Certainly, the contretemps shed no relevant light on the plight of the millions of black men on society’s margins who bear the brunt of police scrutiny and government-sanctioned coercion. I find laughable, and sad, Professor Gates’s declaration that he now plans to make a documentary film about racial profiling. Is that as far as his scholarship on the intersection of race and policing in America extends? Where has this eminent scholar of African-American affairs been these last 30 years, during which a historically unprecedented, politically popular, extraordinarily punitive and hugely racially disparate mobilization of resources for the policing, imprisonment and post-release supervision of those caught up in the criminal justice system has unfolded?

Moreover, it is a shame that it takes an incident like this to induce a (black!) president to address these issues forthrightly. President Obama spoke to the N.A.A.C.P. this month, reaffirming the standard racial narrative while lecturing the black community on the need for better family values. But he barely uttered a word about the ways in which public policies — policies over which he might exert no small influence — have resulted in the hyper-incarceration of poor black men.

During his press conference on Wednesday, President Obama declared that the Cambridge police had acted “stupidly” by arresting his “friend” for disorderly conduct. I wouldn’t necessarily disagree with this judgment, though I seriously doubt that calling the police stupid is something the president’s pollsters encourage.

I recall that, during the height of last year’s primary campaign, when Mr. Obama was asked to comment on the acquittal of New York City police officers in the fatal shooting of a young black man, Shawn Bell, who was celebrating with friends on the night before his wedding, the candidate was less condemnatory of the police or the courts. (“The most important thing for people who are concerned about that shooting is to figure out how do we come together and assure those kinds of tragedies don’t happen again.”)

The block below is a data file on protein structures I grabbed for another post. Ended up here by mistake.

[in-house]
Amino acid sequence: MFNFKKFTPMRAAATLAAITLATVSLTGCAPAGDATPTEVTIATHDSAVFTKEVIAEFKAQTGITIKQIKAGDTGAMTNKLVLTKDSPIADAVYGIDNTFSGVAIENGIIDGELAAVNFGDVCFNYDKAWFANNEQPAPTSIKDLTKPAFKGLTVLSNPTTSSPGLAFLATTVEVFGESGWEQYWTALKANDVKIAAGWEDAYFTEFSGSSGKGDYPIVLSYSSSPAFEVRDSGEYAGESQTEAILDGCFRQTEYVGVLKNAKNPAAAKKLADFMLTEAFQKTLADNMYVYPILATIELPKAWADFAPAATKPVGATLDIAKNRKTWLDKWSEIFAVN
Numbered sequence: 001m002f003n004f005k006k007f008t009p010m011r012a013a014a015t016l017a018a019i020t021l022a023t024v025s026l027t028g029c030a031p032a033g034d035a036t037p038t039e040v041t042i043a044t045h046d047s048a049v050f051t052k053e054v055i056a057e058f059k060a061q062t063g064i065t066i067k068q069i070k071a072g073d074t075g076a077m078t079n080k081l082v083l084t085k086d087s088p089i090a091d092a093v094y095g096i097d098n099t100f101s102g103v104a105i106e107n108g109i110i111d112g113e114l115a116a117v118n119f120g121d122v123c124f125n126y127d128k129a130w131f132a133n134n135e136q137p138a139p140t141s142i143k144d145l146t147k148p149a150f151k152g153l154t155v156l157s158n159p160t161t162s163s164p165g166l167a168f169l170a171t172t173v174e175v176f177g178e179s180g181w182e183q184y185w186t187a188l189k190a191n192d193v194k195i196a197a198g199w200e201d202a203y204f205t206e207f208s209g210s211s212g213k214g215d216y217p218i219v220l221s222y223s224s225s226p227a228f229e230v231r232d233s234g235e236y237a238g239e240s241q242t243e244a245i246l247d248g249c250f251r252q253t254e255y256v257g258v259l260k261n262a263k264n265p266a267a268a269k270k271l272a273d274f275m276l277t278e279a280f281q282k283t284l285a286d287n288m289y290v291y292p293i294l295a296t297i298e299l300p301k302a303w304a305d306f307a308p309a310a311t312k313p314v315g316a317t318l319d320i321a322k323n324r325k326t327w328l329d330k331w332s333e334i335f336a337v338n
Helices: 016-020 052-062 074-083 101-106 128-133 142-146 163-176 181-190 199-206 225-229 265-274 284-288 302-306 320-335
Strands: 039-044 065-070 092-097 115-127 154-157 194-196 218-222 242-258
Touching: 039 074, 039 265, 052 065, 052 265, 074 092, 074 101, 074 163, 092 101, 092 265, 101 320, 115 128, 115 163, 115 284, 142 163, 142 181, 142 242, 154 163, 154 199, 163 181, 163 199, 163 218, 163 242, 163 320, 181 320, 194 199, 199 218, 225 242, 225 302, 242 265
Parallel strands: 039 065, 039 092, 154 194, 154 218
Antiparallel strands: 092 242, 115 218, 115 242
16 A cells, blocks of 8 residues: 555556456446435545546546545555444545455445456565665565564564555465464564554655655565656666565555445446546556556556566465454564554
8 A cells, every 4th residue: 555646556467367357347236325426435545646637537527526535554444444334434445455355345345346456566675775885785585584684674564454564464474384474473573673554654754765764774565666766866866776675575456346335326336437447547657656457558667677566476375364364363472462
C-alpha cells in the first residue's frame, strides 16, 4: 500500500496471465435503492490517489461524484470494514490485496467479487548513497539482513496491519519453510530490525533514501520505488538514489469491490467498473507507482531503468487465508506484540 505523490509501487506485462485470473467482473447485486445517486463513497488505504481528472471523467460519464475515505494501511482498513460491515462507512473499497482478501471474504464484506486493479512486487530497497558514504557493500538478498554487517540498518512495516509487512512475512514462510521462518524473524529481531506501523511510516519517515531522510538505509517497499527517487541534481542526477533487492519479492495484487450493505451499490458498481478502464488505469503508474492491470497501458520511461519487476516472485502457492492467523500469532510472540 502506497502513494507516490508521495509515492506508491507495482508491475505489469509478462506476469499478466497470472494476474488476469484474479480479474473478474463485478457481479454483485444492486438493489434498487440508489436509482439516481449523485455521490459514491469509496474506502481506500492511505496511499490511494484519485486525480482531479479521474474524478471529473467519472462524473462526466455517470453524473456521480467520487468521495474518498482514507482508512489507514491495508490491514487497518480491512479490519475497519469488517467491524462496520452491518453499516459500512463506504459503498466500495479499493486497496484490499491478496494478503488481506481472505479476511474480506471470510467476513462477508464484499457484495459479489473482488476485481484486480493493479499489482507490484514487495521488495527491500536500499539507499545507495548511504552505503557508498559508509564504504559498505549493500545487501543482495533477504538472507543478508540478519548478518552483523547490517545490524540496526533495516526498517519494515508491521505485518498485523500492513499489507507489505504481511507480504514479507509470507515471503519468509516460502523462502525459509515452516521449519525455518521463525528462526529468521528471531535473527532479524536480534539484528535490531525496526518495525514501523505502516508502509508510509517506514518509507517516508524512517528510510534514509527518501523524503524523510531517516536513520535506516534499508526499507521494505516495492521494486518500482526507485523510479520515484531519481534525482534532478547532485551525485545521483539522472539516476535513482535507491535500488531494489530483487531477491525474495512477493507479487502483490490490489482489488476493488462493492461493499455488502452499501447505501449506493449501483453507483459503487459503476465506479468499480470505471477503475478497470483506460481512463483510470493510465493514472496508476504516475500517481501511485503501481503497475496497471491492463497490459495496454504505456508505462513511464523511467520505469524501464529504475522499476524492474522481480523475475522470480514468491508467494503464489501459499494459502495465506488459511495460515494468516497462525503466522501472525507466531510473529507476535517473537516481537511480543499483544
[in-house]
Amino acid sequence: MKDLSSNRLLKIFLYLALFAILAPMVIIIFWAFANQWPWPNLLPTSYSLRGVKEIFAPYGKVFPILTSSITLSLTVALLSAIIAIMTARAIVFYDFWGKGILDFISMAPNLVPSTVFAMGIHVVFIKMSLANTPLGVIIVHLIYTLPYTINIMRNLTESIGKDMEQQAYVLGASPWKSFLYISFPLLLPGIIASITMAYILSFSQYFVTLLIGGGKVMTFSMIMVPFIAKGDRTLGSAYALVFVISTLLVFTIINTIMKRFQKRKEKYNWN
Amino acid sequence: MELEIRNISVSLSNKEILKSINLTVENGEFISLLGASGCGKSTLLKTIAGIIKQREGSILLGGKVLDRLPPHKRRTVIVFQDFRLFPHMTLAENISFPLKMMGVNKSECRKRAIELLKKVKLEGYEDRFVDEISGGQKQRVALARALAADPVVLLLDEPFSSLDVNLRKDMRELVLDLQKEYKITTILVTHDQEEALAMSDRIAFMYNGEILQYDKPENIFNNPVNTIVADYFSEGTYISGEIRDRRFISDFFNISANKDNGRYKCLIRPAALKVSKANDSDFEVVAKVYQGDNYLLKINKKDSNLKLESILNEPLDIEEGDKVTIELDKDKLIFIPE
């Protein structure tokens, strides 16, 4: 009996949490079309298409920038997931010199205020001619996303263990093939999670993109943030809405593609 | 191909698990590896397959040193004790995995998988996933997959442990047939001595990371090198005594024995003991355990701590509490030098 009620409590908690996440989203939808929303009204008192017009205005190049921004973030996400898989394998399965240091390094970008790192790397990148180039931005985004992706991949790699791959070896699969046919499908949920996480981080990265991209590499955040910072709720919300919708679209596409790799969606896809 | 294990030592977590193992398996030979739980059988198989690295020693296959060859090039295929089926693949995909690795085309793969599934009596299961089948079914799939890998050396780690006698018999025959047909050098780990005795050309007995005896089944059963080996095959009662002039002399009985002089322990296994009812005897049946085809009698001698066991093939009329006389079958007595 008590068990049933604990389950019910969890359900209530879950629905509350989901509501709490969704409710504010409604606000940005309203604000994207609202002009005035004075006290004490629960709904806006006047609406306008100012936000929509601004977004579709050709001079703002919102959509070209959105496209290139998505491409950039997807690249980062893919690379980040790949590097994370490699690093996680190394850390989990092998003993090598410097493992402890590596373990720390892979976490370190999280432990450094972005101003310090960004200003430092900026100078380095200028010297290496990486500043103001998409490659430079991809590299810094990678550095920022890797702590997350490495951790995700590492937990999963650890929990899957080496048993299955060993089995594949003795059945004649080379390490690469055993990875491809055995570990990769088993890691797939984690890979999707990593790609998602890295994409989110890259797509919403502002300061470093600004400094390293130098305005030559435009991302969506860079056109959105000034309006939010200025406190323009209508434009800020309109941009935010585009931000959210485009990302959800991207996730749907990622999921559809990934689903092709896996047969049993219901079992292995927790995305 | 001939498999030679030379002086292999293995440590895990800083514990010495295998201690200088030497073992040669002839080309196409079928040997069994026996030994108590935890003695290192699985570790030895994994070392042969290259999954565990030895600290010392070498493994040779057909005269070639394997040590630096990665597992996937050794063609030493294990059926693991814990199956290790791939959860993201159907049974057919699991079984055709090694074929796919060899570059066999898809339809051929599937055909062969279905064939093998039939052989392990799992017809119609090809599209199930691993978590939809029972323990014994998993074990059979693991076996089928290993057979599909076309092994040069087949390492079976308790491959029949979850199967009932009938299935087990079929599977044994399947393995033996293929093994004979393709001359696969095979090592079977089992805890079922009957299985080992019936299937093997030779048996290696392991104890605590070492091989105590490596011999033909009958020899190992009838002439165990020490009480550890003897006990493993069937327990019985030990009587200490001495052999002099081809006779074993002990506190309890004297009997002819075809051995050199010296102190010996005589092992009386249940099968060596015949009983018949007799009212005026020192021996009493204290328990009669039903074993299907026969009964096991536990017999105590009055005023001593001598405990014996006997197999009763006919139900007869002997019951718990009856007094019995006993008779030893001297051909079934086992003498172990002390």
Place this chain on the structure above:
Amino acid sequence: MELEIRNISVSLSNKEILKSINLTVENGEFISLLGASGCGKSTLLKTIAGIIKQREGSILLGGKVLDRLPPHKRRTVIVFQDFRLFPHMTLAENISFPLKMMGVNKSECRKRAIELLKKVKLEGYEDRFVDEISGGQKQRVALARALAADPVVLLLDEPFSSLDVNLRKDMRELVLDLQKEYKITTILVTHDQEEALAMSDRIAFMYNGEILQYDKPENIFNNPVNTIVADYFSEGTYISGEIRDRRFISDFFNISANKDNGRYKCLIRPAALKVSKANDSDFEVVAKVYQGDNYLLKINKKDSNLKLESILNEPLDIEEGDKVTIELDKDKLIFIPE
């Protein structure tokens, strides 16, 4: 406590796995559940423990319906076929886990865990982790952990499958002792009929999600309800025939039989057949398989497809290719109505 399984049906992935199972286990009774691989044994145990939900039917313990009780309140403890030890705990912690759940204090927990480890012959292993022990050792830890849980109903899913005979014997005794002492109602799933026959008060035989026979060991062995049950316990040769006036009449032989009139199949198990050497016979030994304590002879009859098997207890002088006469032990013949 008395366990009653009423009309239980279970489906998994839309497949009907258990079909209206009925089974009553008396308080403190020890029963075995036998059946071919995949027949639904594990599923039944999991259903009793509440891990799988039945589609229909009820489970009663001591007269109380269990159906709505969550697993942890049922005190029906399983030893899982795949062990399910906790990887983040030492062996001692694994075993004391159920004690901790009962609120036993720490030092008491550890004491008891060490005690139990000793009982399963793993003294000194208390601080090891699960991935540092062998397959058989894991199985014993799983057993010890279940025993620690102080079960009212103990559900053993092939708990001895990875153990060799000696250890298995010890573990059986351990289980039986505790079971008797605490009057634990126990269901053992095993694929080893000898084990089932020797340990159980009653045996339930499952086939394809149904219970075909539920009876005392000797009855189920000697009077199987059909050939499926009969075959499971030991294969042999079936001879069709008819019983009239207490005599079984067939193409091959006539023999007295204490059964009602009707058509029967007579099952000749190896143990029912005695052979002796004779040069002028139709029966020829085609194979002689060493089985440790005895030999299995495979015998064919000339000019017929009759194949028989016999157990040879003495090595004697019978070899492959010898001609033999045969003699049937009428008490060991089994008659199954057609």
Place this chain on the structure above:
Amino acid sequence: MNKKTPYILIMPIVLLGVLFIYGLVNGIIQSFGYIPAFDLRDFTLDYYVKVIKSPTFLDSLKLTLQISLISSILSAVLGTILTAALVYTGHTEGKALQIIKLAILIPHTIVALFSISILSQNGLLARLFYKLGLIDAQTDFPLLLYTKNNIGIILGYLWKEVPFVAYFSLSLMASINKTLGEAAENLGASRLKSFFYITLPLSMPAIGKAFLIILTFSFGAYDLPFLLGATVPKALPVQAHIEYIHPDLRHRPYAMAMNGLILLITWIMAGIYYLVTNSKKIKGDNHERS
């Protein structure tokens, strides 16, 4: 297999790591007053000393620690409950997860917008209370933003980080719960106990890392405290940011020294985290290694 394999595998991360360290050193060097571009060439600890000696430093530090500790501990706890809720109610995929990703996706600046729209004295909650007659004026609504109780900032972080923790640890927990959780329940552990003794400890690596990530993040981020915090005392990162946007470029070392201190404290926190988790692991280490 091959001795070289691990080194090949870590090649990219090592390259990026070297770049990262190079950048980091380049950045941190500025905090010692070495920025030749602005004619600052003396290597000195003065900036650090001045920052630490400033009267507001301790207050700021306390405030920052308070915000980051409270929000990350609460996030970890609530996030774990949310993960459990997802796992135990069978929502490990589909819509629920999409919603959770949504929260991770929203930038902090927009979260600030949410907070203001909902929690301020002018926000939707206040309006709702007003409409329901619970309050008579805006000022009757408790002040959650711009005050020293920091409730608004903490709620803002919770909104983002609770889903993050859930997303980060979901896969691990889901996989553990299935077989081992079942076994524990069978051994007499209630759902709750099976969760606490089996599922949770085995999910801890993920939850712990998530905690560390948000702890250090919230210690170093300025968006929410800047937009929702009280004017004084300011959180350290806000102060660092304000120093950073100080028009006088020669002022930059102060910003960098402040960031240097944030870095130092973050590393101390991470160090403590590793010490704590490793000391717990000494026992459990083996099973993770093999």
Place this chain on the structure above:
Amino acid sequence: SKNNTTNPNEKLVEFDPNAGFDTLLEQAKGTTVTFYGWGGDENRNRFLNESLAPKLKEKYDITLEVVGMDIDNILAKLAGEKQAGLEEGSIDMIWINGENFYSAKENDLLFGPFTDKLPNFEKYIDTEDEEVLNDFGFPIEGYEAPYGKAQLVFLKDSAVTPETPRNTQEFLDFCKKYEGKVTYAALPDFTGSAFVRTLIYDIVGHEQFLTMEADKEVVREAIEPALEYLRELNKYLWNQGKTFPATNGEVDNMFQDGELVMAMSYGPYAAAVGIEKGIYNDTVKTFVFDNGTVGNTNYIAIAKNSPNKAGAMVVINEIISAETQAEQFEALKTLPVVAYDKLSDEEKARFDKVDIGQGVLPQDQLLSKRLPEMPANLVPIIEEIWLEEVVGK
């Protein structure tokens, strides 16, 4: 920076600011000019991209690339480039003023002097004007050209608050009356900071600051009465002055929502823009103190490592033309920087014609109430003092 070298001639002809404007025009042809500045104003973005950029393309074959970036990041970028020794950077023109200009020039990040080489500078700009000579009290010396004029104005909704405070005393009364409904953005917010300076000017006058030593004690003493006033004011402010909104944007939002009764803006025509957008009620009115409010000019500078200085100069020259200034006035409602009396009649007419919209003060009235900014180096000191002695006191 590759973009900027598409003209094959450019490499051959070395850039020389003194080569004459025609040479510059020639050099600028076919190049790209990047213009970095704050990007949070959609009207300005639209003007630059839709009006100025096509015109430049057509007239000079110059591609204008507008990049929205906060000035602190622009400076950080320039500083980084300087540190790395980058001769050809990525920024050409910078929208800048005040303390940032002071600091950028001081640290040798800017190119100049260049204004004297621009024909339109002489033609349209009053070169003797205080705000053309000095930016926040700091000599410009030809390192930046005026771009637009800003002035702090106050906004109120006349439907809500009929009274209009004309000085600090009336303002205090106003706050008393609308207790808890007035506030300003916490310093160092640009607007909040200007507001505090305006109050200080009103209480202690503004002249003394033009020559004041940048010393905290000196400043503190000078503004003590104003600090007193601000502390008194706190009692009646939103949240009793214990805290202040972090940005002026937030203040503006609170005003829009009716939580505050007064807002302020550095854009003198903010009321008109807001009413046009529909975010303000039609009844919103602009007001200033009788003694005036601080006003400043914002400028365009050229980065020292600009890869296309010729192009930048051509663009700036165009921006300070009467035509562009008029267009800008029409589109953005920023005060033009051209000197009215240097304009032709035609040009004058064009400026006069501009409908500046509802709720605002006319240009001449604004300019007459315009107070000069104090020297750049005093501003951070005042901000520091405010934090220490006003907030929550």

It is depressing in the extreme that the president, when it came time for him to expend political capital on the issue of race and the police, did so on behalf of his “friend” rather than stressing policy reforms that might keep the poorly educated, infrequently employed, troubled but still human young black men in America out of prison. This is to say that, if Mr. Obama were going to lose some working-class white votes to the charge of “elitism,” I’d much rather it have been on countering the proliferation of “three strikes” laws, or ratcheting down the federal penalties for low-level drug trafficking, or inveighing against the racial disproportion in the administration of the death penalty.

Readers should know that I have had my own run-ins with the law. Twenty-two years ago a former girlfriend accused me of assault. While the charges were dropped, I had to endure the indignity of being “processed” by the police and judged in the press. Later that year, I was caught in possession of a controlled substance, spent the night in jail, and was required to enroll in a drug treatment program for my sins. My interest in the issues of race and law enforcement reflects more than academic curiosity.

Yet anyone who looks closely into the issue of crime and punishment in America cannot fail to notice that the institutions of domestic security — policing, surveillance, prisons, anti-drug policy, post-release parole supervision — have grown hugely over the past two generations. The number of Americans in prison and jail has risen nearly five-fold since 1980. Another inescapable fact is that most of those incarcerated are black and Hispanic men. (They constitute approximately two-thirds of those being held in state prisons and municipal jails.) Overrepresentation of blacks among lawbreakers is the result as much as it is the cause of our overrepresentation among the imprisoned — a fact about which the conventional racial narrative has too little to say. Nevertheless, this is a principal source of the tension in interactions between the police and black men like me.

So, while I have had my “problems” with the police, when I consider the realities of contemporary society I have to acknowledge that they have a tough and often thankless job to do. The institutions I am wont to denounce — the police, courts and prisons — are the principal means by which we as a nation have chosen, through our politics, to deal with the antisocial behaviors of our fellow citizens.